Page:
This makes me think that there’s a quicker route to the same idea starting from Williams’ premiss: ‘if knowledge is what it claims to be, then it is knowledge of a reality which exists independently of that knowledge, and indeed... independently of any thought of experience’ [Williams 1978: 64]

So, with Williams, using the word ‘representation’ to mean anything which represents the world or reality as being a particular way, we can say: if our conception of knowledge is of something independent of us, we must also think of the knowledge in question (or the representation) as distinct from, but depicting, a bit of the world. And thus our everyday understanding of knowledge must involve a contrast between:
  • A: a representation, on the one hand, and the world, on the other.
Williams argues that the very idea of knowledge involves that contrast. Anyone who did not understand the idea that, although knowledge represents the world being a particular way, it is distinct from the world, would not understand what knowledge is. But that point - ‘A’ - is itself expressed in a representation which, because it aims at objective truth, stands in contrast to another bit of reality (a bit of reality which also includes a representation). And so to grasp the objectivity of A requires grasping this further contrast between:
  • B: a representation (ie A: of a representation, on the one hand, and the world, on the other), on the one hand, and the world (what A represents: a more complicated bit of the world this time which also includes the first representation), on the other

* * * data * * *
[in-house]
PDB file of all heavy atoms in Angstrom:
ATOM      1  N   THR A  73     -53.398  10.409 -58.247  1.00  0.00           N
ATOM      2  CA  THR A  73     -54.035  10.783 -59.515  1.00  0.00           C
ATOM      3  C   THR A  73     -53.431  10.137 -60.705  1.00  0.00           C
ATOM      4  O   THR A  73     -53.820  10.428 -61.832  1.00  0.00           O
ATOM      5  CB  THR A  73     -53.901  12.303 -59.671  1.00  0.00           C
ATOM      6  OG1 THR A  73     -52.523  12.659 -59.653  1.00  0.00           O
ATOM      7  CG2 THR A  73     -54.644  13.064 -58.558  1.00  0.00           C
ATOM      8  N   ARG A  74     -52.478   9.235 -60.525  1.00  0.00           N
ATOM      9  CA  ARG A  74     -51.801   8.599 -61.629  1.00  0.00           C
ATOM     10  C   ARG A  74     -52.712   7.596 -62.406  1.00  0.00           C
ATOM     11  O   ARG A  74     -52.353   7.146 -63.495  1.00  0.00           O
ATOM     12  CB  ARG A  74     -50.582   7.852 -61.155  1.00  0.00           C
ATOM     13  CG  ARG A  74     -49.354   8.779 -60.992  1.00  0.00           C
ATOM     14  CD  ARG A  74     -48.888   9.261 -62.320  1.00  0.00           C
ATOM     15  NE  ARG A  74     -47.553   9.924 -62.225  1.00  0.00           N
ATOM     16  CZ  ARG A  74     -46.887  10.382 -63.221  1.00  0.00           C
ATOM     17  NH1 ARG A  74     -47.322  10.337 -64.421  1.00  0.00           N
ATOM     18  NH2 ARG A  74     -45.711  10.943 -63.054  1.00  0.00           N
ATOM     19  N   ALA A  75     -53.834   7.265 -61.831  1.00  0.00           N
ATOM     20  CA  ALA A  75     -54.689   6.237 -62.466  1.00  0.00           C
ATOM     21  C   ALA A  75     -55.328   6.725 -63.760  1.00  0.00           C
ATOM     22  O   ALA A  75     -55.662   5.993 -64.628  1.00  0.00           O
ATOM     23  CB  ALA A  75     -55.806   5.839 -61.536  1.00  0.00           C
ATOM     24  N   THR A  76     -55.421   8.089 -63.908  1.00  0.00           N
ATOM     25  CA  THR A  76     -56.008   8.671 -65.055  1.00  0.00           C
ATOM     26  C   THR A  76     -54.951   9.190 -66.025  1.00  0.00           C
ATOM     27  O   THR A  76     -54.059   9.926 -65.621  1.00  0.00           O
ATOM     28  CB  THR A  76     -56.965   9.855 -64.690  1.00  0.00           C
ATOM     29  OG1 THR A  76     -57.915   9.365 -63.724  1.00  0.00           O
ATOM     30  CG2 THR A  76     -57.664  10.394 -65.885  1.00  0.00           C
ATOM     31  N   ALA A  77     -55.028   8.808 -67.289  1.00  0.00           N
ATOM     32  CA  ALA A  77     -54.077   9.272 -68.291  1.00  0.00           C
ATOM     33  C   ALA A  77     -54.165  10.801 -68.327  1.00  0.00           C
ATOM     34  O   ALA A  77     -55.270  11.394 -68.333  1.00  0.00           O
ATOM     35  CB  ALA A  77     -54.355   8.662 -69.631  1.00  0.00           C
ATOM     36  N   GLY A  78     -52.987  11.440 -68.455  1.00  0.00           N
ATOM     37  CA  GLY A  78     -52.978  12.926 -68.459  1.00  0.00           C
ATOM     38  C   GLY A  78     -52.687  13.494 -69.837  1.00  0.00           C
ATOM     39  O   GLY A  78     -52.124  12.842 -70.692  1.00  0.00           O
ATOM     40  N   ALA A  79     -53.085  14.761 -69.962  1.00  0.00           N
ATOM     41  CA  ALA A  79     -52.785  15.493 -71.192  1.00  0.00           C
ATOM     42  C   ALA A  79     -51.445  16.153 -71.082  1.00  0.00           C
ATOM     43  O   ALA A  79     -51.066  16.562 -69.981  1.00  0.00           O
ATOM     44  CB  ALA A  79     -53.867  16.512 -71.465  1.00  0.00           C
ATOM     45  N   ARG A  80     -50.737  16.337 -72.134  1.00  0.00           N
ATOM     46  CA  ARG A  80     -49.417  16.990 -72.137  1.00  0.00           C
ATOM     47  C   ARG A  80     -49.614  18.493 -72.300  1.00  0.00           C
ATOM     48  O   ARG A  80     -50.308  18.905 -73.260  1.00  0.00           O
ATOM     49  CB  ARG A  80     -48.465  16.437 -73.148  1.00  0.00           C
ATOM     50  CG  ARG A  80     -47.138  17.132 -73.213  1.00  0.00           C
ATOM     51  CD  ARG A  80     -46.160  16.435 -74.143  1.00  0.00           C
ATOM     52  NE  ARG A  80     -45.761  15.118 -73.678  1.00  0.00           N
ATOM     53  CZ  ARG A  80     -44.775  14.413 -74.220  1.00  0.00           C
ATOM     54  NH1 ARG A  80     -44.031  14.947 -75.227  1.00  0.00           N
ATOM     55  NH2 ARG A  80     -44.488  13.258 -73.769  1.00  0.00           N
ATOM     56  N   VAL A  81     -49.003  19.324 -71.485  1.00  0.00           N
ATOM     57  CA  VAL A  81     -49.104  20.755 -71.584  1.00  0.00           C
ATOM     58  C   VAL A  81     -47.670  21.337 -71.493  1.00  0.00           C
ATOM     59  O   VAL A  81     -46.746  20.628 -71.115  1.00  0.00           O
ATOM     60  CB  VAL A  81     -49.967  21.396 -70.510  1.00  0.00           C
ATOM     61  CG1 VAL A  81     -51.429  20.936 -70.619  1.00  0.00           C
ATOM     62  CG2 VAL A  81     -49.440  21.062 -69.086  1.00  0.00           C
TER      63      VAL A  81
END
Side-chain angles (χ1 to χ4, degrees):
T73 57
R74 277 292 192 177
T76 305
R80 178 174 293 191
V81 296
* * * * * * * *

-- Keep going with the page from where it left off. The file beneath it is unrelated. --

But ‘B’ is itself something that we think and take to be true and so is another representation. So it is distinct from the state of affairs it depicts. So to grasp its objectivity - its aim to tell us something about how true representations are nevertheless distinct from the world they represent - we must be capable of thinking about a further distinction which we can label ‘C’. And so on. This line of thinking is suggested by this passage:

For if A or B or some other party comes in this way to understand these representations and their relation to the world, this will be because he has given them a place in some more inclusive representation; but this will still itself be a representation, involving its own beliefs, conceptualizations, perceptual experiences and assumptions about the laws of nature. If this is knowledge, then we must be able to form the conception, once more, of how this would be related to some other representation which might, equally, claim to be knowledge; indeed we must be able to form that conception with regard to every other representation which might make that claim. If we cannot form that conception, then it seems that we do not have any adequate conception of the reality which is there ‘anyway’, the object of any representation which is knowledge; but that conception appeared at the beginning as basic to the notion of knowledge itself. That conception we might call the absolute conception of reality. If knowledge is possible at all, it now seems, the absolute conception must be possible too. [Williams 1978: 65]

So much for the argument as to why we must be able to form an absolute conception of the world if we are to grasp the concept of knowledge. But how we do so faces a dilemma: